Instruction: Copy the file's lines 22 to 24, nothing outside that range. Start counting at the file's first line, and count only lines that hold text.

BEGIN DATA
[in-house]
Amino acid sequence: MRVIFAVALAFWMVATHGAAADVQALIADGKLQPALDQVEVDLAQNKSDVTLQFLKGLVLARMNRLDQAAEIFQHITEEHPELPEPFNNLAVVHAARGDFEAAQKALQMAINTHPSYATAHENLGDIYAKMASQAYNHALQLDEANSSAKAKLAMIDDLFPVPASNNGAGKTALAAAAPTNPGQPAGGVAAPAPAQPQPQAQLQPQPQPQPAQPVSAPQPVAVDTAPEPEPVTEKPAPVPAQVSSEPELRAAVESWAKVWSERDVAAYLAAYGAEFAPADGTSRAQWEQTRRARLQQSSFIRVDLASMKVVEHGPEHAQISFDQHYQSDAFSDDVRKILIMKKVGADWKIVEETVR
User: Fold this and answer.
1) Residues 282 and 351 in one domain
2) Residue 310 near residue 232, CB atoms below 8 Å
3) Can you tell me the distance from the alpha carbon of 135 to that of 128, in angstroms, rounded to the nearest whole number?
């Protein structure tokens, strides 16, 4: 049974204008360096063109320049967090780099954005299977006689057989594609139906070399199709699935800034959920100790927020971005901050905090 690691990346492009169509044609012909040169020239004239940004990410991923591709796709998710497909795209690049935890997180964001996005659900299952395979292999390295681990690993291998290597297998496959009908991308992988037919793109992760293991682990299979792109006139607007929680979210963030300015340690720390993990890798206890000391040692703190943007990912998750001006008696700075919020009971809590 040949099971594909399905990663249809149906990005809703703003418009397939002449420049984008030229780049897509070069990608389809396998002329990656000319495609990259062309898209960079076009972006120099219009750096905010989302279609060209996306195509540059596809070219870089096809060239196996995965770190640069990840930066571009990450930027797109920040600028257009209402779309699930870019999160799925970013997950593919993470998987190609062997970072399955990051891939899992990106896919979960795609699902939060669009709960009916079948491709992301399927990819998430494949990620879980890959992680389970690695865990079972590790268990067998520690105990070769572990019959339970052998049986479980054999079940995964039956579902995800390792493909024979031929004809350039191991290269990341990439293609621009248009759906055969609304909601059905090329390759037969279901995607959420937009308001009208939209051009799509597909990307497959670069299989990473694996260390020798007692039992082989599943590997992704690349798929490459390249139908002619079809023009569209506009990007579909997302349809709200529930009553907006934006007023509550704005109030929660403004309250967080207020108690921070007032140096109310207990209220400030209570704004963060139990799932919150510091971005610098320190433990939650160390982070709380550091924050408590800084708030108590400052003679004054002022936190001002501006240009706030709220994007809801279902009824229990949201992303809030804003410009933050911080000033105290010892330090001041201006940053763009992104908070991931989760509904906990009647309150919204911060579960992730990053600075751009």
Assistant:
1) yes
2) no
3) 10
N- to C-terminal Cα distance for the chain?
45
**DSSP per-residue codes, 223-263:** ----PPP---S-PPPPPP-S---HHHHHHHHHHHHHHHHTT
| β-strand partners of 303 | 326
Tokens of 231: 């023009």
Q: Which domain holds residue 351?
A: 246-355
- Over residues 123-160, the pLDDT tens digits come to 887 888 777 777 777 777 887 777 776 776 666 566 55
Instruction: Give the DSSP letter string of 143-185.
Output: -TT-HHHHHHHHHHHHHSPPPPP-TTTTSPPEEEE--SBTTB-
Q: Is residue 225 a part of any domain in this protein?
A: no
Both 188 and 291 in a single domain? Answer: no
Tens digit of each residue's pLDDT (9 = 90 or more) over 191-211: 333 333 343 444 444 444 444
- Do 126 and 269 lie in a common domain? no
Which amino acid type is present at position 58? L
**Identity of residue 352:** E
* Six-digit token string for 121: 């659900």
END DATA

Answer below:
Q: Is residue 225 a part of any domain in this protein?
A: no
Both 188 and 291 in a single domain? Answer: no